- Simplicity of configuration because of fewer number of components. Therefore, the system is reliable.
- Simplicity of control schemes due to fewer switching devices utilized.
- Can be operated at a high switching frequency, resulting in smaller passive components (i.e., inductors and capacitors).

- Low total harmonic distortion (THD)
- Higher power losses in semiconductor devices due to high-frequency switching.
- The output voltage has a high dv/dt while the output current has di/dt, which can result in high EMI.
- Sometimes a complicated cooling system is required (heat-sink) that increases the overall size of the system.
- Poor circuit efficiency at high-frequency switching.

- Low total harmonic distortion (THD).
- Possibility of low-frequency switching.
- Small switching losses.
- Low dv/dt, resulting in low EMI.
- Low-voltage rating of the devices used.
- Higher circuit efficiency.

## 4. Multilevel DC-AC Inverters (MLIs) Topologies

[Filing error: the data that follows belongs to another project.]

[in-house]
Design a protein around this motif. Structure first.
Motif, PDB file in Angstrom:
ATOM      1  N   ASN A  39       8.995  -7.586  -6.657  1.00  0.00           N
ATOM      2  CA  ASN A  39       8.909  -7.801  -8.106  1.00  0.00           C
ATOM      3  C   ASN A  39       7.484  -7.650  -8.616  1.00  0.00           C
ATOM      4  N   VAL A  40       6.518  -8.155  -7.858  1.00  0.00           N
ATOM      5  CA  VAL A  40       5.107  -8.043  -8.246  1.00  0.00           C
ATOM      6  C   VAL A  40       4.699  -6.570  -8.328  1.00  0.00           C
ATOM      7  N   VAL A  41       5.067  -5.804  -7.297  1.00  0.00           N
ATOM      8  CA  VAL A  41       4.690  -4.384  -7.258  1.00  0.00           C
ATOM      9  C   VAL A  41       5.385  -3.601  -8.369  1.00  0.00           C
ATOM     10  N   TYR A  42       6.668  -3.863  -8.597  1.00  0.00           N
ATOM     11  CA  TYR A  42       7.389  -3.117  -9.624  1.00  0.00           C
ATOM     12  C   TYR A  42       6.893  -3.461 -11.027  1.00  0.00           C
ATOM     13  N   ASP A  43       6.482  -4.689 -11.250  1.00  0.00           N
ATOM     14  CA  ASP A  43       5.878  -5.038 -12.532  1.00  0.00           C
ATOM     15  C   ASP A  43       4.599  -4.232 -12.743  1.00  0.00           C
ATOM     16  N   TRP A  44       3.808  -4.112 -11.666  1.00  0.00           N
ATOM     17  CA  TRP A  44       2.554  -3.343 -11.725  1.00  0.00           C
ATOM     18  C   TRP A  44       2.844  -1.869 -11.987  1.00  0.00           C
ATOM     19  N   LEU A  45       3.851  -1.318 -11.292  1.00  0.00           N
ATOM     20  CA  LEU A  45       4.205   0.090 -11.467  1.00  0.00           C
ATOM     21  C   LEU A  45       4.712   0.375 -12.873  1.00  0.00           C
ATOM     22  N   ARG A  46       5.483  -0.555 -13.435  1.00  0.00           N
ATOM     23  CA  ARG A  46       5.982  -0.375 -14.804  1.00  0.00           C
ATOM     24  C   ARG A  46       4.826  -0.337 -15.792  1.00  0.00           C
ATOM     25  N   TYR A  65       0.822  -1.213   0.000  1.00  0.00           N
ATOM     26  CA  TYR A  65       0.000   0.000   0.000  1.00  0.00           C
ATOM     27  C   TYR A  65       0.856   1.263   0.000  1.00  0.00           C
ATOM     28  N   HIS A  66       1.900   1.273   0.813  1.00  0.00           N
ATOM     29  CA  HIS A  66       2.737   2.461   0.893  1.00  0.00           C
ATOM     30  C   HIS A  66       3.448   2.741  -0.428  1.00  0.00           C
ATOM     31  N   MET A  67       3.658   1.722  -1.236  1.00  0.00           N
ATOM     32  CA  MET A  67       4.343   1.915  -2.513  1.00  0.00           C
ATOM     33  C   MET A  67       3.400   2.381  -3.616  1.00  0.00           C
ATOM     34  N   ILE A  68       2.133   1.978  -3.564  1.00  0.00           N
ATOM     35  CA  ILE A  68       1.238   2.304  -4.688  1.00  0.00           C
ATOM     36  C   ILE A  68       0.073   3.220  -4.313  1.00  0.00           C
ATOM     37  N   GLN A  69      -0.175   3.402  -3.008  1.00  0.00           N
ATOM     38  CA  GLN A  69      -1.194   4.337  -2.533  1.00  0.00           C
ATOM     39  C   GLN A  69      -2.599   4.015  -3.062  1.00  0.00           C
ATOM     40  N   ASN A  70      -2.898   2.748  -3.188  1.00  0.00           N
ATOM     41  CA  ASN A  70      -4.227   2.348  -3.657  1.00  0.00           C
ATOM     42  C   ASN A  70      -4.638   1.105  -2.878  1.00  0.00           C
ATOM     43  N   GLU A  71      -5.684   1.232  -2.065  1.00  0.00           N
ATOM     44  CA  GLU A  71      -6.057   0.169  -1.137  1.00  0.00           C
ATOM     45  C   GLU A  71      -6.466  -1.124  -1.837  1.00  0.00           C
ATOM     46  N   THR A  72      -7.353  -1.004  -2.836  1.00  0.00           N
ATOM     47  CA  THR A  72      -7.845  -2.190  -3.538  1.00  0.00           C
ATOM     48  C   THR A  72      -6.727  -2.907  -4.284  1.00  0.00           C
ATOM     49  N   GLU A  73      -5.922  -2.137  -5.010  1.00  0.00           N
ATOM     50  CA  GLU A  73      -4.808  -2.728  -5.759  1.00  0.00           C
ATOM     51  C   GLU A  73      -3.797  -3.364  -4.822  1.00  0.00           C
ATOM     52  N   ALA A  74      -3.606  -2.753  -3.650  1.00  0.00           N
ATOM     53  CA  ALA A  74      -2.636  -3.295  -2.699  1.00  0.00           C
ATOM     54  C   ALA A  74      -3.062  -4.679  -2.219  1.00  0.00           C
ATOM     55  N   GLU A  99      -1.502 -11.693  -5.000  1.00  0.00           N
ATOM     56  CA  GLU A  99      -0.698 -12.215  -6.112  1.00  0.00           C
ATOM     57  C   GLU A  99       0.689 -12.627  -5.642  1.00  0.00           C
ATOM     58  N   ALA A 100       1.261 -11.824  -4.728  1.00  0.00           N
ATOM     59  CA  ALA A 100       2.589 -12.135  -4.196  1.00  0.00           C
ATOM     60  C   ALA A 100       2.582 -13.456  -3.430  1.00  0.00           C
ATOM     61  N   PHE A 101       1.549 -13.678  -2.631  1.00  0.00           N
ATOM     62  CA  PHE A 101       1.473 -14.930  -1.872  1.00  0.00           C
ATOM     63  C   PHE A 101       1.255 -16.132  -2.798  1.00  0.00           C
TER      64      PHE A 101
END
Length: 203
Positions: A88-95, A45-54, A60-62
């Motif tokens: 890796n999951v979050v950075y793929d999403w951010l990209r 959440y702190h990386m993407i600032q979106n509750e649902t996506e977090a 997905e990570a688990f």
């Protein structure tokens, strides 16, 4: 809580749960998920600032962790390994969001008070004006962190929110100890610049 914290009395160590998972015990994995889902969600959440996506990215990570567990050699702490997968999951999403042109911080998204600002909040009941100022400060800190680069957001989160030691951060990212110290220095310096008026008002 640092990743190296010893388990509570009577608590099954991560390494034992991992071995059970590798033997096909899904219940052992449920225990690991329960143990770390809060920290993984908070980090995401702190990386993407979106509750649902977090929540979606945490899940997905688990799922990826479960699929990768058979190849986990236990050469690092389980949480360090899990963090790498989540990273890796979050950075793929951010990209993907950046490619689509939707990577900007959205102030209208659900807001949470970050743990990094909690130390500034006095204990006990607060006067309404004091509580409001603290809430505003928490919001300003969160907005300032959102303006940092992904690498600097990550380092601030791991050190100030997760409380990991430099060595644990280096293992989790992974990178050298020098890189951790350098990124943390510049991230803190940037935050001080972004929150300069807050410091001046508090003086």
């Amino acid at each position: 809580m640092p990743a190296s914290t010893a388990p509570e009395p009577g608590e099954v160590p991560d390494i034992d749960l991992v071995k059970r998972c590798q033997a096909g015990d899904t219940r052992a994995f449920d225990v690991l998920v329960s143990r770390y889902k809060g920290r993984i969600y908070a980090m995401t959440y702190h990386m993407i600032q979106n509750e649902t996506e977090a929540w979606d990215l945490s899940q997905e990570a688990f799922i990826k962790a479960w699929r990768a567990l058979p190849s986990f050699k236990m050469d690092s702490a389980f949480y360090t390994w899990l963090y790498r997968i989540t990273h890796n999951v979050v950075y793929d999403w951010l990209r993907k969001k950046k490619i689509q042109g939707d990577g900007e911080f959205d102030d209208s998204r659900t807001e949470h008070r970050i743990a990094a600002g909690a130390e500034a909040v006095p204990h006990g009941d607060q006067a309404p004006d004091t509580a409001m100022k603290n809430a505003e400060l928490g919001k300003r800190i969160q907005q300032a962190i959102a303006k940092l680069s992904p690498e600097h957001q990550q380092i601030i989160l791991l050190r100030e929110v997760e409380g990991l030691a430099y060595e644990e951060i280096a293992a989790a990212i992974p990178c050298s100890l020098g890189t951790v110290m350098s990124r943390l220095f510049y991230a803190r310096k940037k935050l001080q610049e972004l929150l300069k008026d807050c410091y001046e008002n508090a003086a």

#### 4.1. Classical Multilevel DC-AC Inverter (MLI) Topologies

#### 4.2. Diode-Clamped Multilevel Inverter Topology

- Does not require a separate DC supply per bridge leg.
- A combination of DC-link capacitors could be charged together.
- Fewer number of switching devices and capacitors as compared with other conventional topologies.
- The switching losses in the power switches are reduced owing to low switch commutation. Consequently, the efficiency is higher, especially for operation at the fundamental frequency.

- Reverse recovery problem of clamping diodes; that is, more conduction losses in IGBTs.
- Switching at the fundamental frequency will cause an increase in the current and voltage THD.
- Unequal distribution of power losses among semiconductor devices that produce an asymmetrical temperature distribution.

#### 4.3. Flying-Capacitor Multilevel Inverter

- Requires only one DC source.